Naturally Noel Standing Rib with Baked Garlic

Naturally Noel Standing Rib with Baked Garlic

Naturally Noel Standing Rib with Baked Garlic

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wwltv.com

Posted on December 5, 2011 at 2:43 PM

Updated Tuesday, Dec 20 at 8:10 AM

Nothing, but nothing, complements the wintery smells of the Christmas kitchen more than a standing rib roasting in the oven. So here's a recipe that I guarantee will get you rave reviews from your entire family.

 

1 trimmed and re-tied prime rib (6-8 lb. average)**

2 Tbsp. Frank Davis Beef Seasoning

1 Tbsp. coarse-ground black pepper

2 tsp. garlic powder

2 tsp. onion powder

1/2 cup kosher or sea salt

4 cups Madiera wine

1/4 cup baked garlic pods, creamed

2 Tbsp. finely minced parsley

2 Tbsp. finely sliced green onions

1/2 cup prepared, seasoned butter roux

 

First, lay out the roast on a large cutting board and select a baking pan roomy enough to hold it without crowding it.

Then lightly coat the pan with a misting of non-stick spray and set it aside momentarily.

Meanwhile, preheat your oven to 450 degrees.

Now take the beef seasoning, ground pepper, garlic powder, and onion powder, blend them together in a small bowl, and rub the mixture briskly - but evenly - into the roast.

Then place the roast into the baking pan (bones up, fat side down) and carefully pour the 1/4 cup of salt evenly over the bones, making sure that nothing more than a few grains fall into the bottom of the pan.Note: Don't be alarmed by the quantity of salt! It won't ruin the meat and it won't make it salty! As the salt bakes, it forms a crust that forces the natural juices to go into the roast rather than bubble up and run down over the top.

Now here's your baking technique.

Put the roast - uncovered - into the oven and bake it at 450 degrees until the meat starts to brown slightly (this should take about 12 to 15 minutes).

Then reduce your oven temperature to 350°and continue to bake the roast to the degree of doneness you desire. Because prime rib is such an expensive cut of meat, I heartily recommend you insert a meat thermometer dead center in the roast (not touching any of the rib bones) and cook until it reaches the correct internal temperature. Remember, the roast is rare at 130, medium at 145°, and medium-well at 160°. Roughly, this equates to about 20 minutes to the pound, but only by using a meat thermometer will you get a perfect roast.

When the prime rib is done, remove it from the oven and place it on the countertop to set for about 15 to 20 minutes. Don't forget that it will continue to cook for about 15 to 20 minutes after you take it from the oven, so figure that into your cooking time so that your "rare" roast doesn't turn out to be a medium roast.

When you're ready to serve it, take a couple of meat forks, gently remove it from the pan, and turn it salted rib-side down on a cutting board.

Then slice through the twine that holds the bones to the meat, remove the meat temporarily to a platter and scrape away the crusted salt from the bones.

Then after discarding all the salt, place the meat back on the board and slice the prime rib as if it were a jelly roll. Remember that the slices will range from well done to medium rare as you cut from the ends to the center, giving every one or your guests the doneness they prefer.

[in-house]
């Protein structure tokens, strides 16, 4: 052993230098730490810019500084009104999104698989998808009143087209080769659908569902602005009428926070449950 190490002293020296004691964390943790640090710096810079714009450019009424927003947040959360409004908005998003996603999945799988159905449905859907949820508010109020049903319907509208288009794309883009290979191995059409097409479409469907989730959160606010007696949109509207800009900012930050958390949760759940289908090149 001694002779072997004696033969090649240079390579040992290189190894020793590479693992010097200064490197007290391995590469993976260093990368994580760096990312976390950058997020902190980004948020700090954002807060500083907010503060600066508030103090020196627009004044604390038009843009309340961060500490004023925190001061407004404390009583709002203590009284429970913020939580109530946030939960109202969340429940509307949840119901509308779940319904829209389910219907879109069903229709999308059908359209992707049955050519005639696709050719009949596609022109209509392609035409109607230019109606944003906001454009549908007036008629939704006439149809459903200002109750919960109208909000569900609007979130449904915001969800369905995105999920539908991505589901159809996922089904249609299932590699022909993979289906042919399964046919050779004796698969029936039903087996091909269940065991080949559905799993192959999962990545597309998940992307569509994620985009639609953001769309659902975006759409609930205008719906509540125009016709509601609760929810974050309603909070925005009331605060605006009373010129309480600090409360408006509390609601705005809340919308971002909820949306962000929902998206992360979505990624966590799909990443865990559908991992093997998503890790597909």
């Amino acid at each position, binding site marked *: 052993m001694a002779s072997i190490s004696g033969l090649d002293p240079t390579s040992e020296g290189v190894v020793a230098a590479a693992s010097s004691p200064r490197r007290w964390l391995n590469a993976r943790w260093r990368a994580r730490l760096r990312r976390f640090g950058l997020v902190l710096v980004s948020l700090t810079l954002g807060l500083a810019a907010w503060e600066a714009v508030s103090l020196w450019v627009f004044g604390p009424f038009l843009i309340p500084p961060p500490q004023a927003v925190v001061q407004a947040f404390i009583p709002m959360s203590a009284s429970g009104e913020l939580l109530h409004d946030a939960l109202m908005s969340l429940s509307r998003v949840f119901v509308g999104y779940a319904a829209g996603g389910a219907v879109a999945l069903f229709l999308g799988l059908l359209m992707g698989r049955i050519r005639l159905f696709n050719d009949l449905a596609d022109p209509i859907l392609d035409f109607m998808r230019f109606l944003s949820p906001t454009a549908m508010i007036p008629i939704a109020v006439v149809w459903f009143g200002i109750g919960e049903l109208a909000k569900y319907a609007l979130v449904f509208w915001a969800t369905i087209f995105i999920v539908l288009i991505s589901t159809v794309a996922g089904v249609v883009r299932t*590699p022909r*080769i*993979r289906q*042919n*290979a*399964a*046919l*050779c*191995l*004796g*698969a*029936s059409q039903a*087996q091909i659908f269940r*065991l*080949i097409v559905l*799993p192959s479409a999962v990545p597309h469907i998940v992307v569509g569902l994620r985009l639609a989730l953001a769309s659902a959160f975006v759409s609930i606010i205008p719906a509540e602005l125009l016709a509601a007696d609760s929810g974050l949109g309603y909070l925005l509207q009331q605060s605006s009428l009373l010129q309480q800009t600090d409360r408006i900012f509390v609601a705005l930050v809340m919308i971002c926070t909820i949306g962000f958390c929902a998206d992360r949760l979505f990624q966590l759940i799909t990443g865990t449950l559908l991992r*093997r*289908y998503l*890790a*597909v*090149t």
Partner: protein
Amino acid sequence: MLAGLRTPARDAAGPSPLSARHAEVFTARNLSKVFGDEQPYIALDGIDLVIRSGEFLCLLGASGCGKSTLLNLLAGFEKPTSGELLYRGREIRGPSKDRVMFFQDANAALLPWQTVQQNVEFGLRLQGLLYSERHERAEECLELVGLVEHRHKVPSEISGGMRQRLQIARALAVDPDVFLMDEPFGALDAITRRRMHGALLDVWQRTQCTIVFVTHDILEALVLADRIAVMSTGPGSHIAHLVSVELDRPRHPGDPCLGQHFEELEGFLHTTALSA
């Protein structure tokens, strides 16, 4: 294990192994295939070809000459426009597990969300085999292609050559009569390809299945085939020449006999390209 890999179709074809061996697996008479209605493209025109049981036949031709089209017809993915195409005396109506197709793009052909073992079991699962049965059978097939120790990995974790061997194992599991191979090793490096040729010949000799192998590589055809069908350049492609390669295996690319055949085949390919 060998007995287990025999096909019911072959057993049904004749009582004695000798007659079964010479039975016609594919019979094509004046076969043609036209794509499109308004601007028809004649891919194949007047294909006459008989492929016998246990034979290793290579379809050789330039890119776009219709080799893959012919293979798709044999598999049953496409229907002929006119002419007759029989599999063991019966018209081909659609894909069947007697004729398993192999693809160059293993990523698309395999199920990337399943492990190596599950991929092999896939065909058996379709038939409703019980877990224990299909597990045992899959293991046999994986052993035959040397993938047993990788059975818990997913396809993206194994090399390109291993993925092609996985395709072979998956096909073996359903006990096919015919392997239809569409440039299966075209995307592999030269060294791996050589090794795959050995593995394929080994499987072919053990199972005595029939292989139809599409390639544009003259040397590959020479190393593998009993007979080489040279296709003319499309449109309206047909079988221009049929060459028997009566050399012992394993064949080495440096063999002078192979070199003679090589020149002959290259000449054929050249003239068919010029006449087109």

To prepare the sauce for the prime rib, skim off as much fat as possible from the pan drippings and deglaze the pan you baked the meat in with the Madiera wine.

Then pour the wine-drippings mixture into a 10-inch saucepan and bring it to a boil.

When it reduces to about one-half of its original volume (2 cups), stir in the baked garlic pods, the parsley, the green onions, and enough of the prepared roux to thicken the sauce to the consistency you desire.

Simmer over medium heat for about 10 minutes, season it to taste with salt and pepper, and ladle it generously over the rib slices. I suggest you make the sauce while the roast "sets" on the countertop.

 

Chef's Notes:

  1. **A prime rib that's cut properly will have the chine bones removed and the ribs separated from the meat. Your butcher will then take twine and re-tie the bones to the meat so that all the marrow flavor soaks into the meat as it cooks. If you prefer to serve rib steaks instead of slices, have your butcher leave the bones attached to the meat, but have him split the base of the bones where you'll cut them into steaks.
  2. To bake garlic, place the whole garlic head into a shallow cake pan, top lightly with olive oil, cover with aluminum foil, and bake at 400 degrees for about 45 minutes. The softened garlic can then be squeezed from the peels, creamed, and added to sauces and gravies, mixed with butter and used for making garlic bread, or spread over chicken, beef, and shrimp.
  3. Never, never, never cook a standing rib until it's well done! The meat will become totally dried out, lifeless, tasteless, tough, and stringy.
  4. To reheat the rib-or any other roast for that matter-so that the degree of doneness doesn't change, wrap the roast first in lettuce leaves, then wrap the whole thing in aluminum foil and place it in a 350 degree oven for about 15-20 minutes. The steam created from the moisture in the lettuce will heat the roast without drying it out or changing the texture.

 

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